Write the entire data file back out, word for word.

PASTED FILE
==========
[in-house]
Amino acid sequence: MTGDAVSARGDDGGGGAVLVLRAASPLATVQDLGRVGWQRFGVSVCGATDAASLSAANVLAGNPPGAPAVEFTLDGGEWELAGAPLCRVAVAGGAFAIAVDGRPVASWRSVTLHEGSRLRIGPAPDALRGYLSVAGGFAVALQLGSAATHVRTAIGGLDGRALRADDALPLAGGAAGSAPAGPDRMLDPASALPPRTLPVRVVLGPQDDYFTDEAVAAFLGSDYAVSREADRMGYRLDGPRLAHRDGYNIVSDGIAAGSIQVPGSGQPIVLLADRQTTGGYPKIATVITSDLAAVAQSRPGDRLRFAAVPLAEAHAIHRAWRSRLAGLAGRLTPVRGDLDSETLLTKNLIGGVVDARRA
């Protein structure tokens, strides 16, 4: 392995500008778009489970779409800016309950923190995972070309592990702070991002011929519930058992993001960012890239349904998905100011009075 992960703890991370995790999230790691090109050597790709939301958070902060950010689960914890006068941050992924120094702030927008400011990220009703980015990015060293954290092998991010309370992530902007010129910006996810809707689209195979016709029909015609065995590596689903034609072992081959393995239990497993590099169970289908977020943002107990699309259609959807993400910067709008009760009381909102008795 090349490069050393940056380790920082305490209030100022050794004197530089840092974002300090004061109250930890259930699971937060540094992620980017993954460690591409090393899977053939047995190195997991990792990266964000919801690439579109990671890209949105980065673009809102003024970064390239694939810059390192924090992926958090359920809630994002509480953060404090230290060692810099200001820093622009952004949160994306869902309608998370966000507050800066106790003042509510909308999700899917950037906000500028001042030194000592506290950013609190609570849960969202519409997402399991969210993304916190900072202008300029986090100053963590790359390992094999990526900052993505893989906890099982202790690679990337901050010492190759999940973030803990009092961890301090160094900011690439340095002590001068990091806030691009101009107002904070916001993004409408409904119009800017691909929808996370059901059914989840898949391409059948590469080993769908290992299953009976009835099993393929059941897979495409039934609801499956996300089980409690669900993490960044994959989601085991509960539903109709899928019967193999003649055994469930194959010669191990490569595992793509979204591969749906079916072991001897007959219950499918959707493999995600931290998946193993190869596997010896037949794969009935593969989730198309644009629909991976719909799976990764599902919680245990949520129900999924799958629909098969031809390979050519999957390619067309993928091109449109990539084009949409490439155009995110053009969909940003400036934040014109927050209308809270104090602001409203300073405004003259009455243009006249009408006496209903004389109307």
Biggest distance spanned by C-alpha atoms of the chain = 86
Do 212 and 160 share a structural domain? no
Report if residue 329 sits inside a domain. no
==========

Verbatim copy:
[in-house]
Amino acid sequence: MTGDAVSARGDDGGGGAVLVLRAASPLATVQDLGRVGWQRFGVSVCGATDAASLSAANVLAGNPPGAPAVEFTLDGGEWELAGAPLCRVAVAGGAFAIAVDGRPVASWRSVTLHEGSRLRIGPAPDALRGYLSVAGGFAVALQLGSAATHVRTAIGGLDGRALRADDALPLAGGAAGSAPAGPDRMLDPASALPPRTLPVRVVLGPQDDYFTDEAVAAFLGSDYAVSREADRMGYRLDGPRLAHRDGYNIVSDGIAAGSIQVPGSGQPIVLLADRQTTGGYPKIATVITSDLAAVAQSRPGDRLRFAAVPLAEAHAIHRAWRSRLAGLAGRLTPVRGDLDSETLLTKNLIGGVVDARRA
């Protein structure tokens, strides 16, 4: 392995500008778009489970779409800016309950923190995972070309592990702070991002011929519930058992993001960012890239349904998905100011009075 992960703890991370995790999230790691090109050597790709939301958070902060950010689960914890006068941050992924120094702030927008400011990220009703980015990015060293954290092998991010309370992530902007010129910006996810809707689209195979016709029909015609065995590596689903034609072992081959393995239990497993590099169970289908977020943002107990699309259609959807993400910067709008009760009381909102008795 090349490069050393940056380790920082305490209030100022050794004197530089840092974002300090004061109250930890259930699971937060540094992620980017993954460690591409090393899977053939047995190195997991990792990266964000919801690439579109990671890209949105980065673009809102003024970064390239694939810059390192924090992926958090359920809630994002509480953060404090230290060692810099200001820093622009952004949160994306869902309608998370966000507050800066106790003042509510909308999700899917950037906000500028001042030194000592506290950013609190609570849960969202519409997402399991969210993304916190900072202008300029986090100053963590790359390992094999990526900052993505893989906890099982202790690679990337901050010492190759999940973030803990009092961890301090160094900011690439340095002590001068990091806030691009101009107002904070916001993004409408409904119009800017691909929808996370059901059914989840898949391409059948590469080993769908290992299953009976009835099993393929059941897979495409039934609801499956996300089980409690669900993490960044994959989601085991509960539903109709899928019967193999003649055994469930194959010669191990490569595992793509979204591969749906079916072991001897007959219950499918959707493999995600931290998946193993190869596997010896037949794969009935593969989730198309644009629909991976719909799976990764599902919680245990949520129900999924799958629909098969031809390979050519999957390619067309993928091109449109990539084009949409490439155009995110053009969909940003400036934040014109927050209308809270104090602001409203300073405004003259009455243009006249009408006496209903004389109307």
Biggest distance spanned by C-alpha atoms of the chain = 86
Do 212 and 160 share a structural domain? no
Report if residue 329 sits inside a domain. no